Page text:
Oral hygiene effects verbal and nonverbal displays of confidence

Taylor, Paul and Banks, Faye and Jolley, Daniel and Ellis, David and Watson, Steven and Weiher, Lynn and Davidson, Brittany and Julku, Julianna (2021) Oral hygiene effects verbal and nonverbal displays of confidence. Journal of Social Psychology, 161 (2). pp. 182-196. ISSN 0022-4545

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Although oral hygiene is known to impact self-confidence and self-esteem, little is known about how it influences our interpersonal behavior. Using a wearable, multi-sensor device, we examined differences in consumers’ individual and interpersonal confidence after they had or had not brushed their teeth. Students (N = 140) completed nine one-to-one, 3-minute “speed dating” interactions while wearing a device that records verbal, nonverbal, and mimicry behavior. Half of the participants brushed their teeth using Close-Up toothpaste (Unilever) prior to the interactions, whilst the other half abstained from brushing that morning. Compared to those who had not brushed their teeth, participants who had brushed were more verbally confident (i.e., spoke louder, over-talked more), showed less nonverbal nervousness (i.e., fidgeted less), and were more often perceived as being “someone similar to me.” These effects were moderated by attractiveness but not by self-esteem or self-monitoring.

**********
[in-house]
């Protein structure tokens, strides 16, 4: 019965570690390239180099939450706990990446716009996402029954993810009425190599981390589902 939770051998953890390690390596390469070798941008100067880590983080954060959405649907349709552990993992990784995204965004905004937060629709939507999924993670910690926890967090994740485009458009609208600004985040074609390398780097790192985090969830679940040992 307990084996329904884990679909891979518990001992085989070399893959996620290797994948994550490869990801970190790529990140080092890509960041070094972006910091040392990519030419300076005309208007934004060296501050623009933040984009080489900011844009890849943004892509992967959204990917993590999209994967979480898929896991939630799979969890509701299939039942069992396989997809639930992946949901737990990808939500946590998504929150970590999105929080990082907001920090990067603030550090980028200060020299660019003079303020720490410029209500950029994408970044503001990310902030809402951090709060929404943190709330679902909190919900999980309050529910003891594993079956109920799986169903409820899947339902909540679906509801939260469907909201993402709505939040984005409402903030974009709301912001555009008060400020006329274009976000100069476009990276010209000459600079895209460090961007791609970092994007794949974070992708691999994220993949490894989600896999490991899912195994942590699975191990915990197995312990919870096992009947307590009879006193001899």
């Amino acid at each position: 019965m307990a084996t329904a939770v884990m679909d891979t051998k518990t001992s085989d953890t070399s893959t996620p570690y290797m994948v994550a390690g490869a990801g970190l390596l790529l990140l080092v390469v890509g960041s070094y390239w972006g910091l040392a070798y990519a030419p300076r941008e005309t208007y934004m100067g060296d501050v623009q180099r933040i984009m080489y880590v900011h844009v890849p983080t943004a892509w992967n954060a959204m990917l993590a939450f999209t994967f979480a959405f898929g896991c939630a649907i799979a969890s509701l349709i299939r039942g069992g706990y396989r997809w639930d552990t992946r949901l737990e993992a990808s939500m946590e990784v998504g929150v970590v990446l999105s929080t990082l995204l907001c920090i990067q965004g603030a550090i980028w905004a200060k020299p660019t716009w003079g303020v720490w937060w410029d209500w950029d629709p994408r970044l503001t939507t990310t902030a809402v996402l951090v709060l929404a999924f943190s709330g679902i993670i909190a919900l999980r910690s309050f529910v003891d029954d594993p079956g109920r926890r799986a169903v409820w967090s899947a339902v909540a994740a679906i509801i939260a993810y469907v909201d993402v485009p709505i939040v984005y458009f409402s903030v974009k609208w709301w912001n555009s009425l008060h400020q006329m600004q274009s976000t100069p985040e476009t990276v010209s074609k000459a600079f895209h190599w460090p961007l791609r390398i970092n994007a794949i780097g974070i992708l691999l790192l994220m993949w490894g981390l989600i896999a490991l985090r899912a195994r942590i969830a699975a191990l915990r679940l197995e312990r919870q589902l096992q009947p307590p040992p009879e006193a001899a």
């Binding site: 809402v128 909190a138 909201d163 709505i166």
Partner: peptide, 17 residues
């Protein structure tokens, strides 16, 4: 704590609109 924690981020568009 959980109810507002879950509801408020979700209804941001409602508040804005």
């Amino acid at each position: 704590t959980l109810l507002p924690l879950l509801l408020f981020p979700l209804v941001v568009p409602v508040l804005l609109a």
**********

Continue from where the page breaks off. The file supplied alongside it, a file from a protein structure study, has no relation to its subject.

Item Type:
Journal Article
Journal or Publication Title:
Journal of Social Psychology
Additional Information:
This is an Accepted Manuscript of an article published by Taylor & Francis in The Journal of Social Psychology on 27 June 2020, available online: https://www.tandfonline.com/doi/abs/10.1080/00224545.2020.1784825
Uncontrolled Keywords:
?? consumer behaviorconfidenceprimingsocial psychology ??
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Deposited On:
11 Jun 2020 08:59
Last Modified:
17 Feb 2024 00:59